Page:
Researchers revealed on Thursday the newest robot sensor that could help monitor a fruit’s temperature while the cargo is in transit.
This small machine resembles the look of an actual fruit and is packed together with the other produce in a cargo.
Designs come in the form of bananas, apples, oranges, and mangoes. The gadgets send alerts to cargo companies if there are any problems with the process of cooling the fruits. Actual monitoring makes it easy for the cargo firms to take actions should problems arise during the transportation of goods.
The researchers also said that this technology would also result in fresher produce for the public consumption.
This fruit robot is still in its trial phase.
It is the Swiss Federal Laboratories for Materials Science and Technology that is working on the research project of the new technology.
Not all cargo trucks make it cautiously to their destinations.
Even though companies inspect the fruits that are to be delivered, there would still be some damaged fruits along the trip and, upon reaching their destination, the fruits have already perished.
Fruits need to be stored at the correct temperatures so as not to perish. Food agencies should take this into consideration before ordering big loads of produce to stack in container vans.
Businesses fear that the delivered fruits may be overripe or rotten when sold to customers.
There would be times when the cargo trucks are simply left outside stopovers. A possible outage of power can also happen during the travel.
As told to BBC News, Thijs Defraeye, the project leader, said that all of these could affect the quality of produce that reaches the consumers.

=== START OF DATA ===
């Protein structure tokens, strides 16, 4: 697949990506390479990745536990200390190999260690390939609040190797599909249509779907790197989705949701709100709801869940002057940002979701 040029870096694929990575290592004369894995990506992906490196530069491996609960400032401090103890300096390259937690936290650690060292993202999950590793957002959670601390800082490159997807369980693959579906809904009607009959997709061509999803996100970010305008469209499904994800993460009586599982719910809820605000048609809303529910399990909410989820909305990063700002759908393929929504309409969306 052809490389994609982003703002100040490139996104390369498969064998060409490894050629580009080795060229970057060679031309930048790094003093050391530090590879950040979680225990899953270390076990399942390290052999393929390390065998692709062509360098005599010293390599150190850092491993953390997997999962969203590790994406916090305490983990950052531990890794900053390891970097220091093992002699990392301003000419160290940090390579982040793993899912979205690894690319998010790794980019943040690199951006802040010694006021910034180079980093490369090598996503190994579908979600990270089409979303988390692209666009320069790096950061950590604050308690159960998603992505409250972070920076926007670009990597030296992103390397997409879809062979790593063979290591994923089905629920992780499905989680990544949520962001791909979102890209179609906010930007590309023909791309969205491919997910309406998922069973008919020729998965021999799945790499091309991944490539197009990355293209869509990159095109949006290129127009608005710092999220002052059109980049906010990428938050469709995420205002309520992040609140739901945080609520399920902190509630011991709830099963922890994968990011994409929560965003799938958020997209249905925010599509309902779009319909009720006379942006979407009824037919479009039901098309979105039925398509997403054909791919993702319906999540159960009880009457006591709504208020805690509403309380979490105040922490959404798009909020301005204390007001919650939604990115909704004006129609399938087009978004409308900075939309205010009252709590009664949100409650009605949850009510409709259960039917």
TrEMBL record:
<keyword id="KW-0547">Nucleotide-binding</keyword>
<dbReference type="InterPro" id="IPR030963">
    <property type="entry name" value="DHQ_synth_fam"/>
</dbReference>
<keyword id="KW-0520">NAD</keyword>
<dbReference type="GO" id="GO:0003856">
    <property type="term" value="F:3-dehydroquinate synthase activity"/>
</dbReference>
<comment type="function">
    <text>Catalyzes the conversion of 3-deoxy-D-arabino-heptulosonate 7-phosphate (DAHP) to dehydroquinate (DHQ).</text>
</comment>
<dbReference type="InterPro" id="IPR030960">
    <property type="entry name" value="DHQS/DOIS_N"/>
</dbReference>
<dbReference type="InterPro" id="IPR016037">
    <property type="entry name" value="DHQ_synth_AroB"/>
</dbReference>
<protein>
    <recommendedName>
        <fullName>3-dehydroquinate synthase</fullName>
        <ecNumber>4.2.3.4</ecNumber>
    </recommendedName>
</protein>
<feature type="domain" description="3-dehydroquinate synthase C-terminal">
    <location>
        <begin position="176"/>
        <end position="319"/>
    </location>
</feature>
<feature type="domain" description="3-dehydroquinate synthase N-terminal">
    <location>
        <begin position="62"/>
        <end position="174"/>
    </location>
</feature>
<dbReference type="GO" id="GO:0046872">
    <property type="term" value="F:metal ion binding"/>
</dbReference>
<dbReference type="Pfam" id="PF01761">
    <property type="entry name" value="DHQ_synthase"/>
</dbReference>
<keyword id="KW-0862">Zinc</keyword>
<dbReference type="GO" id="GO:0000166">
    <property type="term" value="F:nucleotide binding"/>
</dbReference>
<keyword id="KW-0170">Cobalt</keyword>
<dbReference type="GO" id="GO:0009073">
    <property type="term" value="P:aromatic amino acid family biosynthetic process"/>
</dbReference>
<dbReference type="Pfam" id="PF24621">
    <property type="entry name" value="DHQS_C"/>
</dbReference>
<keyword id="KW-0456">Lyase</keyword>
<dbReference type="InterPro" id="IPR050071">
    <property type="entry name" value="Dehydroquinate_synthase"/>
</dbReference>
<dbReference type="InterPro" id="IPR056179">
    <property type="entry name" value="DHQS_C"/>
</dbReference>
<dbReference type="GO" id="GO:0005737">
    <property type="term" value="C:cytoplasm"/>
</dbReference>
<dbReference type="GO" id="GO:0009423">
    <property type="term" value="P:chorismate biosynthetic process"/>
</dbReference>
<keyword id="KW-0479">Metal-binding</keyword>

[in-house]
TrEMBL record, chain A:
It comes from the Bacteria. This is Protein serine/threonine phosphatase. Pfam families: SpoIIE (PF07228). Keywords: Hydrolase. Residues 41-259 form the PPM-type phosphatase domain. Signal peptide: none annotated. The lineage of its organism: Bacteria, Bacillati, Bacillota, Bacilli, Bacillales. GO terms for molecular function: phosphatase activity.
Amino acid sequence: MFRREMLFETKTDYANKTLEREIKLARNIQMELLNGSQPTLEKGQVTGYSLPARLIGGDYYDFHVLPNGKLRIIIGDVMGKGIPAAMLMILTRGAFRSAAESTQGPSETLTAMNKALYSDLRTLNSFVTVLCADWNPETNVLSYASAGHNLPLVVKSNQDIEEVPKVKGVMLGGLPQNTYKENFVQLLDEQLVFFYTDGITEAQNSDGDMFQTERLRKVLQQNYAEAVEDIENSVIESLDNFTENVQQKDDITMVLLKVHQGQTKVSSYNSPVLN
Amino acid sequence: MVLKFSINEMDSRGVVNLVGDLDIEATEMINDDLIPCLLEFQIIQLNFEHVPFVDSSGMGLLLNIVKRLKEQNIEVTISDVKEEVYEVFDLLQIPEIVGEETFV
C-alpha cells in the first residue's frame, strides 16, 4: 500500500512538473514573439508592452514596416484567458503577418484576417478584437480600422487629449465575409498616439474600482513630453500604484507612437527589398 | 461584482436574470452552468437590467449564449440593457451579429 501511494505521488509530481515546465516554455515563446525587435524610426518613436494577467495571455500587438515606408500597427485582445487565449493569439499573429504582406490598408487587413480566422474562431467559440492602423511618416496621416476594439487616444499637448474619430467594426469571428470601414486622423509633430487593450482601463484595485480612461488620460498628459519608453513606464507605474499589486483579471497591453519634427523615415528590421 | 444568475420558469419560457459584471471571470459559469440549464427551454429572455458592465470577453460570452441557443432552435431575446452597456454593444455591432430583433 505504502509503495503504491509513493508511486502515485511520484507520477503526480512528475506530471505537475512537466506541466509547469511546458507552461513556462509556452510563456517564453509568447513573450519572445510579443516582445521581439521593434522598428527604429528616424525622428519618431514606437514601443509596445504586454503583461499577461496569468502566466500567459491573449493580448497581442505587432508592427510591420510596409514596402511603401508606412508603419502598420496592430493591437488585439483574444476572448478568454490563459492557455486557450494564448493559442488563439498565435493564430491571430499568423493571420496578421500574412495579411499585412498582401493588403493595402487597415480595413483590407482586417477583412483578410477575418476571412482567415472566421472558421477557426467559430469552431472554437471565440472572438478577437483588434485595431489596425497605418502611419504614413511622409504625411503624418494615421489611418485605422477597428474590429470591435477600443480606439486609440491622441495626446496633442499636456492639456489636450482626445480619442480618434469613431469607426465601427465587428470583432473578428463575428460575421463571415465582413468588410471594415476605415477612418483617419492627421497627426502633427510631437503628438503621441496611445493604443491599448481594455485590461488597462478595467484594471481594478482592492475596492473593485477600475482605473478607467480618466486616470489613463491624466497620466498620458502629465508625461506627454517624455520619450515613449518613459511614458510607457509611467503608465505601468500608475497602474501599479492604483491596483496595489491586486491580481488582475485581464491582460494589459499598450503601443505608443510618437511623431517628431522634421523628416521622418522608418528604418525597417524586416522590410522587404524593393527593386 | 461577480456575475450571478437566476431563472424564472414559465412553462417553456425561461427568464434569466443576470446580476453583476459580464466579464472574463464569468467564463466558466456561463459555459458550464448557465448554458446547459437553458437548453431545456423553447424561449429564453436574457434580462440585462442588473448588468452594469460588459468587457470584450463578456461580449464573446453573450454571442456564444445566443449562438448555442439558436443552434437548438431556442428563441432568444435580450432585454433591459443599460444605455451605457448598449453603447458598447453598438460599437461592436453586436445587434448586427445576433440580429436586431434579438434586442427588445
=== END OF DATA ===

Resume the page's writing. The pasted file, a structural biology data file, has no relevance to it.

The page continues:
Exporters of the produce always have a standard for checking the freshness of their goods, but according to this team of researchers, the robot sensor is far more accurate about temperature reports because it has the capacity to stimulate the characteristic of the different kinds of fruits.
For the team of researchers to achieve this project, they conducted an extensive research, took X-rays of the actual fruits, and remodeled them according to their texture and shape.
Afterward, they determined the actual and exact characteristic of the flesh of each fruit. These simulated versions of the fruits are then made in the laboratory by using mixtures of polystyrene, water and some carbohydrates.
The mixtures from the laboratory are then poured and made into the mold of a fruit sensor that is patterned from a copy produced by the 3D printer.
Should anything go wrong, the suppliers may access the date of the produce temperature starting from the beginning of the journey and investigate the actual reason of produce decay.
The researchers are hoping that this fruit sensor project would help big produce companies with their food safety standards. It will also help them save some time and cost on the logistics.
Field tests of the robot sensors are already being conducted and the researchers themselves are looking forward to partnering with commercial investors for this technology.